“Oh,” I say, handing it back to her. “I hate that Arak stuff. Sorry.”

She tries to give the drink back to me. “How will you be a real Israeli if you don’t drink Arak?”

“I don’t know,” I say. “I don’t know if I will be a real Israeli.”

“Do you want to?”

“I don’t know,” I say. I really don’t. I think I came here hoping to want to be a real Israeli. But I’m not sure it’s possible. In any case, it doesn’t matter. Dov will never want to move back here. He does not want to be an Israeli. He does not want to be part of this life. We will be raising our baby alone. She will be a child with distant relatives who are foreign and exciting but will not be a part of her daily life.

“Maybe I don’t know, either,” says Gal. “Maybe I don’t want to be a real Israeli, either. Maybe I want to be an American instead. Maybe we all want to be Americans instead. My brother wanted to be an American. And now he is.”

Not exactly. Dov is not an American yet. He took the computer skills he learned in the army to get himself a job in the States, but that doesn’t make him a real American. It will take more time for that to happen. Anyway, that’s a technicality. In his heart, is my husband an American? I’m not sure. I think that he thinks that he is. I think that he doesn’t want to see the deep discomfort that is also there, inside of him, the ways in which he is not, really, an American, speaking English all day long, a language that he has mastered, perhaps, but which still isn’t his own, is not the language of his birth, is not the language he was raised with, not the language of his early, formative dreams. When I have asked him what language he dreams in now, he has seemed very taken aback, surprised and confused, like he genuinely doesn’t know. “English,” he has said. “I think that it’s English.”

Gal steps very close to me and holds the drink to my lips. “Just have a sip,” she says. I keep my lips sealed so that the liquid cannot enter. It spills down my chin and gets on my dress. When Rina put the food in my mouth at the mikveh, I would have closed my lips also but I wasn’t ready for her. I wasn’t expecting her to do that. No one had ever done such a thing to me before. Now I am ready. Now I understand why Dov had to leave.

“I’m having a baby,” I say. “I really can’t drink that. I’m sorry.”

Gal steps away. Right away, I see that I have said the wrong thing. “Have you told my mother?”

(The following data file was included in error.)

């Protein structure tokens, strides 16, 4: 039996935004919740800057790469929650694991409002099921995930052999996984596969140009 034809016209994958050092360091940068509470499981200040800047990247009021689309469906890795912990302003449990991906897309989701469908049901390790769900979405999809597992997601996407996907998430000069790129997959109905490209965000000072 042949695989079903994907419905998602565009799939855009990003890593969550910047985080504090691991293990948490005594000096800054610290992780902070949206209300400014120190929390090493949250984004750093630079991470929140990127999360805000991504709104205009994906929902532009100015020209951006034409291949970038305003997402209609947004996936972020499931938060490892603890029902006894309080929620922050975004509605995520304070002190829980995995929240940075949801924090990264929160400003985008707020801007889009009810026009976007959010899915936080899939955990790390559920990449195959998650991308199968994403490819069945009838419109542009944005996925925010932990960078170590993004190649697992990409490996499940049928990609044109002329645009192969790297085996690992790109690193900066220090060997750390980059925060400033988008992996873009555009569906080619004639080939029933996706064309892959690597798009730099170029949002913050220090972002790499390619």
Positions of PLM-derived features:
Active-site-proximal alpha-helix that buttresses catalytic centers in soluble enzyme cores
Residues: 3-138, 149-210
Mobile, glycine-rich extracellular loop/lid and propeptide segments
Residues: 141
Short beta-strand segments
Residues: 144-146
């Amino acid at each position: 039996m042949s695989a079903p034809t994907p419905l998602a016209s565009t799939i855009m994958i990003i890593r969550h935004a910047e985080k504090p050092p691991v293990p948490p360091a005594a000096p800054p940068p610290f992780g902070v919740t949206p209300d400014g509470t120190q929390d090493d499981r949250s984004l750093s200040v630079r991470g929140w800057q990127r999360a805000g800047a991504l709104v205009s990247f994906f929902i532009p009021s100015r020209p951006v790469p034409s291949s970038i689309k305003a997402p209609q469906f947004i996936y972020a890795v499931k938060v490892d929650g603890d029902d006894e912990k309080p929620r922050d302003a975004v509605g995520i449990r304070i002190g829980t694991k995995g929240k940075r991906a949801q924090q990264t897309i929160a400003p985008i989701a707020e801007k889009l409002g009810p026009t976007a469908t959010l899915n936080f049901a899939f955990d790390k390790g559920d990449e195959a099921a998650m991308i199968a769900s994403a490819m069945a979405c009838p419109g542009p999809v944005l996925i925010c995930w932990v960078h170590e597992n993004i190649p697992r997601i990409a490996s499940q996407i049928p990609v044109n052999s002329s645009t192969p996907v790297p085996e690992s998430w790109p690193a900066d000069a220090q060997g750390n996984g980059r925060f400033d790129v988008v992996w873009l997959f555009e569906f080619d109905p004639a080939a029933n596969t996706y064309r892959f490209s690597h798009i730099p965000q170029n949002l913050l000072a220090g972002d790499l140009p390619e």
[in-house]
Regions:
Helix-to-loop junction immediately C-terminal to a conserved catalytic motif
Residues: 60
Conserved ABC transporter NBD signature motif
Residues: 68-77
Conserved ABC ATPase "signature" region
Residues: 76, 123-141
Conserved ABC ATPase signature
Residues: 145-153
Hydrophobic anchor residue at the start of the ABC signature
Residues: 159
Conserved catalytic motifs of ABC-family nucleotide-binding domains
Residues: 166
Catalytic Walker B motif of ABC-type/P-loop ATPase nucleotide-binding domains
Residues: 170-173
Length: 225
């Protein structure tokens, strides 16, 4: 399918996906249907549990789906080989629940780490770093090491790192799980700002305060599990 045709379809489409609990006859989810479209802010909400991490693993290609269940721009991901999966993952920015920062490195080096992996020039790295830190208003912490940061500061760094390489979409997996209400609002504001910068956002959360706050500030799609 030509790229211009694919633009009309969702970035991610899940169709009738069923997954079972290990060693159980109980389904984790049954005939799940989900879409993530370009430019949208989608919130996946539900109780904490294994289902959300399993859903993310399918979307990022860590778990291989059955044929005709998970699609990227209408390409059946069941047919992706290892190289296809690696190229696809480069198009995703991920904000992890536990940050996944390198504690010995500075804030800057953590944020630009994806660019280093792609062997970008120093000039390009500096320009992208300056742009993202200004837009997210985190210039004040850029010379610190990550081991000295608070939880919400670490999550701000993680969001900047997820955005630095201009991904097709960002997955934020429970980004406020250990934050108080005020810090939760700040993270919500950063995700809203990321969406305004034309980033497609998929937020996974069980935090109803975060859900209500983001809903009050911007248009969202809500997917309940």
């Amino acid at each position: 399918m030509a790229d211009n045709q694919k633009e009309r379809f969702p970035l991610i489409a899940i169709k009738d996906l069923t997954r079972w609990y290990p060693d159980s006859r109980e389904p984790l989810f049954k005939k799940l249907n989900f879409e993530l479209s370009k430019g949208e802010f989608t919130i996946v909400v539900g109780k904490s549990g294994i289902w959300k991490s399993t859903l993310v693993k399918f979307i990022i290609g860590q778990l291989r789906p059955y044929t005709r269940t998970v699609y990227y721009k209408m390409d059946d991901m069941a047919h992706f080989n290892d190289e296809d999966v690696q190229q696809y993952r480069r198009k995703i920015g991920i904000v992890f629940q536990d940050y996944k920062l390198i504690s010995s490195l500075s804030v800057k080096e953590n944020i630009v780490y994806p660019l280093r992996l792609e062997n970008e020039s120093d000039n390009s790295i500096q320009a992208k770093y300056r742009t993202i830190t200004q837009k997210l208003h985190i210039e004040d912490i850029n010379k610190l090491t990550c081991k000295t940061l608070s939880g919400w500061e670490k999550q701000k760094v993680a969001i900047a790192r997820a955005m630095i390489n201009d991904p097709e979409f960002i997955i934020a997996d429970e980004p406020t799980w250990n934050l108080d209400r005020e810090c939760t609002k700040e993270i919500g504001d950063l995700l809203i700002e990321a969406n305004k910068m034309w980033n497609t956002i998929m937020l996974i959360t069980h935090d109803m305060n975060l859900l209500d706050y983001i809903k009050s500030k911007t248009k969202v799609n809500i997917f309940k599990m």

“No,” I say.

“You should tell her.” She tosses back the whole drink then she laughs. “Once you tell her, you know, she’s never going to leave you alone. She’ll watch everything you eat and do. She might go back on the plane with you. She won’t let you out of her sight.”

Rina is looking for me. When she finds me, she grabs me by the arm. It is obvious that she is very tense, more tense than usual, but this tension seems so at odds with her physical beauty, her Sophia Loren lusciousness on this night. “You look so beautiful,” I say, but she doesn’t seem to hear me. “You have not danced with the bride,” she says. “Come, come. You must dance with the bride. We must dance with the bride.”

Gal returns, looking a little glassy-eyed, a little worse for the wear, but also less angry. I am surprised. I hadn’t expected to see her again that night. She and Rina look at each other. “Will you dance with the bride?” says Rina. There are tears in her eyes. “Will you dance with your new sister? I always wanted you to have a sister.”

Am I Gal’s sister? Even if I am, I am a sister who will be leaving soon. In a couple of days, I will be on a plane.

I don’t think either one of us expects Gal to agree but she does. She does not take our hands but she does come with us to the dance floor which is lit up in neon purple and yellow and blue, all flashing lights and the motion is making me queasy but I soldier on. I stand in the circle. I clap my hands. I whoop and yell and yodel in a way I could never do in my native land. Together, Rina and Gal and I push through the strangers to edge our way further onto the dance floor. At the center we all join hands. We reach out for the bride. She does not look happy to see us but she does take our hands. “Welcome to the family!” we say. We spin and spin and spin.


SHIRA ELMALICH’s fiction has appeared in publications including Epoch, The Common, Confrontation, and The Chattahoochee Review.